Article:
50% of Brits would support the idea of a vaccine passport, according to a survey by research company Piplsay.
The concept of vaccine or immunity passports, e-certificates containing an individual’s vaccine status or Covid-19 test results, has been presented as a possible route out of Covid-19 restrictions for some time now. While some argue that they could allow the safe return of large-scale events or international travel, others have said that they could lead to greater discrimination.
Vaccine minister Nadhim Zahawi has said that the UK government has ruled out the idea of a vaccine passport, telling BBC’s Andrew Marr Show that individuals could get written evidence from their GP that they have had the vaccine if needed.
Outside of the UK, responses have been mixed, with Denmark and Sweden saying they may introduce vaccine passports, and the Greek prime minister saying that tourists from the UK may be permitted to enter the country if they can prove they have had the vaccine. However, other countries have ruled out the concept of a vaccine passport.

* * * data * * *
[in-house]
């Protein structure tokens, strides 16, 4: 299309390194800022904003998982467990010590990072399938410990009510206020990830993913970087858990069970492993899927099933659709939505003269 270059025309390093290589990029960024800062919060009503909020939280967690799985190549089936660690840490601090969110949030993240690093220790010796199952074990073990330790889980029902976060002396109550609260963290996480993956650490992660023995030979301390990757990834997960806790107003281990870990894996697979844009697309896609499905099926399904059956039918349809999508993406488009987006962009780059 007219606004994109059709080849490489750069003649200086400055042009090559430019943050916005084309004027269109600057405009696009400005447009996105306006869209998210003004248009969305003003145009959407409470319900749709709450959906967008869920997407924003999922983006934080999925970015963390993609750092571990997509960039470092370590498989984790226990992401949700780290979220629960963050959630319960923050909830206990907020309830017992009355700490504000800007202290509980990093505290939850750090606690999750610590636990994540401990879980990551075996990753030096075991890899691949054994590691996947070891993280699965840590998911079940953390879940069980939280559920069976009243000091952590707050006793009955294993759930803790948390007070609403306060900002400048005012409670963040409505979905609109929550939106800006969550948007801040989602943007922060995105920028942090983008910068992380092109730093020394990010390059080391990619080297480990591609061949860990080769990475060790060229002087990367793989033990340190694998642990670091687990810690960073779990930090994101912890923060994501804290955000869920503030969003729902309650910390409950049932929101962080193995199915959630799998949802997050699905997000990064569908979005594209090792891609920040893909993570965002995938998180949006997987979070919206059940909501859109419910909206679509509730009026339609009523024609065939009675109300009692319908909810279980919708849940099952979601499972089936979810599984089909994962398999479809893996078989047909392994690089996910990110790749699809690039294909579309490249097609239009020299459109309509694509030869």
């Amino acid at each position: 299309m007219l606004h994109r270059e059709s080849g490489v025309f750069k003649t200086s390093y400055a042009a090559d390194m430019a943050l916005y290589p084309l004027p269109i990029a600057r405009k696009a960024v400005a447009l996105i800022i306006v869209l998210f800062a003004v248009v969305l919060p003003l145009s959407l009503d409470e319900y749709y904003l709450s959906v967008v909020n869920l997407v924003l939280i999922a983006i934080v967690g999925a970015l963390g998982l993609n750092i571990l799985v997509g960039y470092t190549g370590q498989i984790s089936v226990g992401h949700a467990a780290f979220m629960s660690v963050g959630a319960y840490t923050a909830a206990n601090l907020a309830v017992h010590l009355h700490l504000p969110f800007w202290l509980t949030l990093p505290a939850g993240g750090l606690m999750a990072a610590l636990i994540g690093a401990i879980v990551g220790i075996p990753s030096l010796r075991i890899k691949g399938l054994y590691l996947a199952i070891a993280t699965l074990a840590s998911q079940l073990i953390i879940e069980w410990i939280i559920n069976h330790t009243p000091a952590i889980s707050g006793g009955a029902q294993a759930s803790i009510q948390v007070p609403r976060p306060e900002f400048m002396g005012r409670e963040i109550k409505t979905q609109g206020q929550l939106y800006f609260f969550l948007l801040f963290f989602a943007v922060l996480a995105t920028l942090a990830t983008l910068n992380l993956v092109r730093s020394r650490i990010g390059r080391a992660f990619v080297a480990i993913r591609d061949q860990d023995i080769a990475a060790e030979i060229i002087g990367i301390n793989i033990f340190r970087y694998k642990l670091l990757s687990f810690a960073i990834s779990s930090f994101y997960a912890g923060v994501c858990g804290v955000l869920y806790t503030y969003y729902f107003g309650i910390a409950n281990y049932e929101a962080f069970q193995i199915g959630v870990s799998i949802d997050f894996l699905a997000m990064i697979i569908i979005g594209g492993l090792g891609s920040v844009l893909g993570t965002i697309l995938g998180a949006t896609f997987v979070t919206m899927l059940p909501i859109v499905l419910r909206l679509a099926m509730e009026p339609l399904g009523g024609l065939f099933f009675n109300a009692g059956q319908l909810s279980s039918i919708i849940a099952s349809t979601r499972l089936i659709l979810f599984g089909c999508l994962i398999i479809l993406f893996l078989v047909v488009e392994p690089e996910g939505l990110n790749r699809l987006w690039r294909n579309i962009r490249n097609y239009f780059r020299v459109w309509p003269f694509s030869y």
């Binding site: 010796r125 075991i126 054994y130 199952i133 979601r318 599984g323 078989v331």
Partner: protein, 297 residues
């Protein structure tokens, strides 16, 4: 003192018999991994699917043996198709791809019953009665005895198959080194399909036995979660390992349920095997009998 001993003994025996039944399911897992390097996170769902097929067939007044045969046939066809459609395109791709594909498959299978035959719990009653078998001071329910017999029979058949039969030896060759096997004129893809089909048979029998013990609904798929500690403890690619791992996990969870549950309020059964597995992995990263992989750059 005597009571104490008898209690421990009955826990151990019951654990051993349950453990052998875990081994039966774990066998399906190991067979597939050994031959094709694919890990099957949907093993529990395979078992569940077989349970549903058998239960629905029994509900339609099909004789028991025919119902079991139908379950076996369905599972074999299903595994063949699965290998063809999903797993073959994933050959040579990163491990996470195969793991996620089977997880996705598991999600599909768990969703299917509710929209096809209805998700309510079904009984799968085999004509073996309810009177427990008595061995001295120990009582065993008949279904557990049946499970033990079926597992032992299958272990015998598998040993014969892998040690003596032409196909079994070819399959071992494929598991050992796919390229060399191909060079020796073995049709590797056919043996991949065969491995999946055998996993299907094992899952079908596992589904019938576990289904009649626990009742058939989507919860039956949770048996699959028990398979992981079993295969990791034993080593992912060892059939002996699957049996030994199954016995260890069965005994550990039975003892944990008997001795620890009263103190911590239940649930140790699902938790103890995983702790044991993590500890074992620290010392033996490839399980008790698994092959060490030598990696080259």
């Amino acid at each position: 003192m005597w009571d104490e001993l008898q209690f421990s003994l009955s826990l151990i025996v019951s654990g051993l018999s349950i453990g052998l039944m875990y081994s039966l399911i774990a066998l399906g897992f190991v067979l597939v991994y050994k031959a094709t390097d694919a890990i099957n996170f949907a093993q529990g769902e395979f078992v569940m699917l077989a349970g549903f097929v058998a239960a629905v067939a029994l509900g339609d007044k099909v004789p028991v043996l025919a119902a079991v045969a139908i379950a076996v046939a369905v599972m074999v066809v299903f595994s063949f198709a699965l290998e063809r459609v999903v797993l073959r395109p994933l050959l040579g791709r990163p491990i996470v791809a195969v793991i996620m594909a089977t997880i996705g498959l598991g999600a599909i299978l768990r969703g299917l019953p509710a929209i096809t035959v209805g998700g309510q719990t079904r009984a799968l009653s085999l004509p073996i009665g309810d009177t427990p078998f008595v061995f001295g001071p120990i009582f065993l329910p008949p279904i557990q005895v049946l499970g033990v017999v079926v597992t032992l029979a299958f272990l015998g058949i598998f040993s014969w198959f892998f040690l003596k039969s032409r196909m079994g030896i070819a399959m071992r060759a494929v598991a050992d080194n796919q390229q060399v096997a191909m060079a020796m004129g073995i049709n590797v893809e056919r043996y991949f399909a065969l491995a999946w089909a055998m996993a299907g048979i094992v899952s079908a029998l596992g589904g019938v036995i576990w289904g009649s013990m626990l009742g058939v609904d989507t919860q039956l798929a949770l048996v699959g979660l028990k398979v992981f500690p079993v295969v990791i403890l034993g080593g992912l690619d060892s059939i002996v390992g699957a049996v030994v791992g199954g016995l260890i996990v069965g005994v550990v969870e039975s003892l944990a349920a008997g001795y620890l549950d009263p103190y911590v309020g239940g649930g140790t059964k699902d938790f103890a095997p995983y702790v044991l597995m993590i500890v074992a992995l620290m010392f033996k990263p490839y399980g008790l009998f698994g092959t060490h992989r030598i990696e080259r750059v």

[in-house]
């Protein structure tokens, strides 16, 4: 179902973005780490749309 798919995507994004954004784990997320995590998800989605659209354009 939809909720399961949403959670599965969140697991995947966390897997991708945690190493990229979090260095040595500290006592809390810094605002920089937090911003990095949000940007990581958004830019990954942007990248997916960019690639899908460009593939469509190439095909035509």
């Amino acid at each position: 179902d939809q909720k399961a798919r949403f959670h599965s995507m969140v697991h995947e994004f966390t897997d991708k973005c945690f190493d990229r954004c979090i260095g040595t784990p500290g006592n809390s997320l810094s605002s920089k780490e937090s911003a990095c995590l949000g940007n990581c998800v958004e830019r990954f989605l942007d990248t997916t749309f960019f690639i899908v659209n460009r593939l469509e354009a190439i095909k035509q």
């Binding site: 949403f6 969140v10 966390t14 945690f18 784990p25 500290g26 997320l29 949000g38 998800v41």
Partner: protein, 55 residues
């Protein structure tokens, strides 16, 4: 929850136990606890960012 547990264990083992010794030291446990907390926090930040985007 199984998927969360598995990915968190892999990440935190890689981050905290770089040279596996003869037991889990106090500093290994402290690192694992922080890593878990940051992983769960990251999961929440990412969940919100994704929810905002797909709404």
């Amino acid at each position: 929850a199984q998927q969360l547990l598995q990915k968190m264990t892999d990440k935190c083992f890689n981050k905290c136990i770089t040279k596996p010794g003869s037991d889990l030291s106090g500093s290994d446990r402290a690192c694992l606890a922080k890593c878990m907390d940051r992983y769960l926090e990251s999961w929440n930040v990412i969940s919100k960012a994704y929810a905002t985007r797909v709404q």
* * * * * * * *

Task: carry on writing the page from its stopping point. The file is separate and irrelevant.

In the private sector, a number of companies have already developed their own versions of vaccine or immunity passports, with British tech company VST Enterprises launching a ‘fit to fly’ health passport in December 2020.
Piplsay polled 6,037 people in the UK and 50% of those surveyed said that they would support “the idea of access based on one’s health status”. 20% said they would only support the idea of a vaccine passport in the context of travel, with 17% saying they would not support it on the grounds that it is unfair or discriminatory.
33% said that it could make travel less stressful to some extent.
Support for vaccine passports also varied by age group, with 40% of Gen Zers support the idea of vaccine passports for travel as compared to 35% of Millennials and 25% of Gen Xers.
However, 25% of Millennials and Gen Xers worry about the lack of scientific proof behind the reliability of vaccine passports.
47% thought that vaccine passports could, to some extent, be an effective tool against the virus, but 59% said they had some reservations about their introduction. These included concerns that it is unclear how effective vaccines are in stopping transmission, fears that not everyone will be able to access the vaccine, and concerns about data privacy.